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Everyone talks about it. For some, it’s the deciding factor on travelling or not. But what exactly is culture shock? And should it be as big a concern as people think? Have a read to find out.
Before I came to China I had people all around me asking how I was going to deal with the culture shock when I arrived. I used to tell people ‘I’ll be fine; I don’t think it will affect me’. In the end, it was true but at the time I had no idea what it even was. I think I was just telling people I’d be ok so they didn’t worry.
Now you might also be thinking ‘clearly it’s just being shocked at someone else’s culture’; I couldn’t disagree more. People leave their jobs abroad and stop travelling all the time because of culture shock. This would simply not be true if it was just seeing or experiencing some shocking things.
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You would be on the right lines though. The way I would describe it is;
‘When you experience something outside of your own culture’s norms, which to you is shocking, whilst all people around you view this as completely normal. This can then lead to a feeling of isolation.’
To me, it is the isolation and the loneliness associated with culture shock that is the truly damaging aspect. I see shocking things in the UK all the time; however, everyone around me is always as shocked as I am. This almost completely negates the ‘shocking’ aspect long-term.
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Imagine if you were all alone among hundreds of people and you just have to pretend that it’s completely normal. Then multiply that 10 fold as you tend to see things that are shocking quite often when experiencing another culture that is so different from yours.
You lose the support structure that is in your own culture when everyone agrees with each other. Without that people can start to feel like they are the odd one out and long to feel normal again. If you live abroad for a long time, you can even experience reverse culture shock when you return home. Coming home to “normality” can take just as long to adjust to if you’re used to dealing with a whole new culture.
This all sounds very dramatic but I see this literally all of the time. So many foreign teachers in China have bailed and gone home in a matter of weeks, all because of what I described above.
Luckily for Jade and I neither of us ever really experienced culture shock at all. Jade was a bit homesick at the start but that had nothing to do with culture shock.
This could be because our personalities aren’t too susceptible to the effects or simply that there are two of us and we always have each other to moan to about shocking Chinese traditions. A lot of things did change when we moved to China though – check out a list of things that you realise when you move abroad!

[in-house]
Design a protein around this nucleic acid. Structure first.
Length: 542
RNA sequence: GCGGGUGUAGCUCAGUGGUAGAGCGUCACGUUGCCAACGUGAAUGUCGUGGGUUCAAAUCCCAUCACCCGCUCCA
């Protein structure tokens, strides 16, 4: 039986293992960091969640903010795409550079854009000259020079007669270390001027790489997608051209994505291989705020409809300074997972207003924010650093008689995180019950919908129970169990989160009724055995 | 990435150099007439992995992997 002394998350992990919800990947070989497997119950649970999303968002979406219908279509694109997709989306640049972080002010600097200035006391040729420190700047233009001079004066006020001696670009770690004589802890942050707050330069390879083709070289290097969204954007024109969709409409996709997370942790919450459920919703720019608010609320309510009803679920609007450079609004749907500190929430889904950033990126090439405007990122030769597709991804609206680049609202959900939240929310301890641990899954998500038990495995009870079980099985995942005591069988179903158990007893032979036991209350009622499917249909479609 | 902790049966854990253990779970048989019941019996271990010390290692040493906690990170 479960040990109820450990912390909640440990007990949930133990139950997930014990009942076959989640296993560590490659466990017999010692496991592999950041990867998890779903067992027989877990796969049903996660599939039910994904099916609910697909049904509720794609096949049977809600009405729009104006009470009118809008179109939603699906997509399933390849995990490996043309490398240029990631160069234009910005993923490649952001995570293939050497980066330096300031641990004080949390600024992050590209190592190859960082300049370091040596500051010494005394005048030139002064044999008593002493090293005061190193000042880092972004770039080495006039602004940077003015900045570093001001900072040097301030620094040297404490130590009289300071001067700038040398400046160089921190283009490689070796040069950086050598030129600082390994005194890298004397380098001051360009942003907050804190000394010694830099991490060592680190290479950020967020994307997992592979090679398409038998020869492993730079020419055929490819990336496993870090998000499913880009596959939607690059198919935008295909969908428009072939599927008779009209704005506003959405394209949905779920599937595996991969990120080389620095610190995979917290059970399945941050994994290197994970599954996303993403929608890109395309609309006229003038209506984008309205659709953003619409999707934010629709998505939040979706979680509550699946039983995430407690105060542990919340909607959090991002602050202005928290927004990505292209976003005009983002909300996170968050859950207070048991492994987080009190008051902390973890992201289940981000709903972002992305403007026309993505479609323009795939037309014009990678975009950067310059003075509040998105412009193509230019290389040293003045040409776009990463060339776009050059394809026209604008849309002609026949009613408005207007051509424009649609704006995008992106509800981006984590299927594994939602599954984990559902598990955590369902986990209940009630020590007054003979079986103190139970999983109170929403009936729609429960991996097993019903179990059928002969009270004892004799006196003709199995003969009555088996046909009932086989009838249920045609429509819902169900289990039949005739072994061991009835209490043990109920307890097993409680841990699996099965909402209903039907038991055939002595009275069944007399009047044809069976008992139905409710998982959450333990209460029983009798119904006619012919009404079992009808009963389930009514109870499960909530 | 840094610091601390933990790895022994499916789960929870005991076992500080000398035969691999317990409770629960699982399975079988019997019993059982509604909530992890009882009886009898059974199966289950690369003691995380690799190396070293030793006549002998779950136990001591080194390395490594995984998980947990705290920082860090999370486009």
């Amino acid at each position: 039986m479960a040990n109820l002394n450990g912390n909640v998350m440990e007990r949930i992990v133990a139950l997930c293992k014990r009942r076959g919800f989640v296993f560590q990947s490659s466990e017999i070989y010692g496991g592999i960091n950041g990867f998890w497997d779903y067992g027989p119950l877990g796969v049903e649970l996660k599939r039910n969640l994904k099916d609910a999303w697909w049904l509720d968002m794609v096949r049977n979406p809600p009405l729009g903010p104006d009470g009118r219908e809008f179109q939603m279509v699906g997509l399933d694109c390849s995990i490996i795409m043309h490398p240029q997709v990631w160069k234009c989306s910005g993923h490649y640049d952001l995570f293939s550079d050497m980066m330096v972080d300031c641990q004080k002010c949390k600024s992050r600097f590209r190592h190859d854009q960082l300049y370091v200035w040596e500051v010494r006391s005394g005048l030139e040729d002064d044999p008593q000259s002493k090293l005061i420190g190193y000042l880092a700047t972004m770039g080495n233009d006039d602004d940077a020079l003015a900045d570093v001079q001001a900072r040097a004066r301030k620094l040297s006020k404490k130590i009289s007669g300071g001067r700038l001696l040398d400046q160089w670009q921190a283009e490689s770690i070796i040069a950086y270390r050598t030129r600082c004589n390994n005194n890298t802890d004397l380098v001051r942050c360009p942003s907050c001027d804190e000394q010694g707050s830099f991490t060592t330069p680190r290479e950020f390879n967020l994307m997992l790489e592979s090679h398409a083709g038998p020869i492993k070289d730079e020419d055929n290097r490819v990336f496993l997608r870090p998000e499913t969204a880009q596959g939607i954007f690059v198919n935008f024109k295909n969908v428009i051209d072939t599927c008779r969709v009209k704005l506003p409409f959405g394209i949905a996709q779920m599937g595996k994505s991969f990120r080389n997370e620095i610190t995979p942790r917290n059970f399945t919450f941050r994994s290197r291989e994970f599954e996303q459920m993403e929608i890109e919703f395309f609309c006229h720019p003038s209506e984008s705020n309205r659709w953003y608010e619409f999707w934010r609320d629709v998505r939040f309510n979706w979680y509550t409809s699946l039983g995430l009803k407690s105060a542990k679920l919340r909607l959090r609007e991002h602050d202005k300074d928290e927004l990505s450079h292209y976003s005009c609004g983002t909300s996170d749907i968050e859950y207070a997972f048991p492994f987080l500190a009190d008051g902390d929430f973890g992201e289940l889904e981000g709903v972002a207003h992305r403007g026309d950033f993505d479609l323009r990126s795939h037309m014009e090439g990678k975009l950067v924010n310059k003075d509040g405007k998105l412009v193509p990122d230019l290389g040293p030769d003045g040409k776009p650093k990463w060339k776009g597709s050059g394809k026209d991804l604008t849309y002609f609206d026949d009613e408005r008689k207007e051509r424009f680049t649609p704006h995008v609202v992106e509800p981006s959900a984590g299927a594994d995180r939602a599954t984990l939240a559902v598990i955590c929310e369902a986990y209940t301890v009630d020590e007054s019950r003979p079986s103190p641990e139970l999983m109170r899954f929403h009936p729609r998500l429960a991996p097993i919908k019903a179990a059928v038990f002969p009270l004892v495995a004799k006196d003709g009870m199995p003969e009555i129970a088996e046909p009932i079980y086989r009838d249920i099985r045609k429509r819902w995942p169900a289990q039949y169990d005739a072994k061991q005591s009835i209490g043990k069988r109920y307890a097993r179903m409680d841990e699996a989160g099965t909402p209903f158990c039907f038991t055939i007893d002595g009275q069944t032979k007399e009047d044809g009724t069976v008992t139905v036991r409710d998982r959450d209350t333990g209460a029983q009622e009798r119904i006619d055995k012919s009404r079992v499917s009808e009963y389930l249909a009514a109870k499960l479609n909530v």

Important dates are sometimes difficult – spending birthdays and Christmas abroad can be tough!
- In China, toddlers don’t wear nappies because they believe it isn’t healthy (nappy rash, etc). I’m not going to argue with this because it certainly is more hygienic than sitting in your own faeces. This means that all the children have a hole in the back of their trousers. Again not at all that shocking when you think about it, ease of access is certainly a good idea. However when you are walking down the street and their mum is holding them dangling over a public bin and shit is just falling out of them into the bin a meter away from you, maybe you might feel shocked. Especially when there is a public toilet 5 meters to the left….
- Again in China (it’s the only place we have lived for a prolonged period of time), people love to spit. Maybe when I say ‘love’ it’s an exaggeration but they certainly put a lot of effort into perfecting the art. Anyway, people spit all over the world, not all that shocking. However, when people spit only in the middle of the path, regardless of who is walking there, it seems rude. Every single day spit lands close to my feet multiple times. But everyone is doing it, it’s not aimed at me, it’s not a personal thing, they just spit in the middle of the path because that’s normal.
There will be so many examples people will be able to give you about culture shock. These are just a few of many.
The advice I would give to you is, have a think about how things might affect you if you are alone. The vast majority of people who left their jobs and returned home were solo travellers/workers. So if you think it might affect you think about taking someone along.
Also all over the world, there are large communities of like-minded people to you, wherever you might be from. If you are feeling isolated because of culture shock, find these people and communities. Trust me, if you do then you will almost certainly carry on adventuring.
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Do you agree with this summary of what is culture shock? Have you had any other experiences you might be able to warn others about? If so please let us know in the comments below.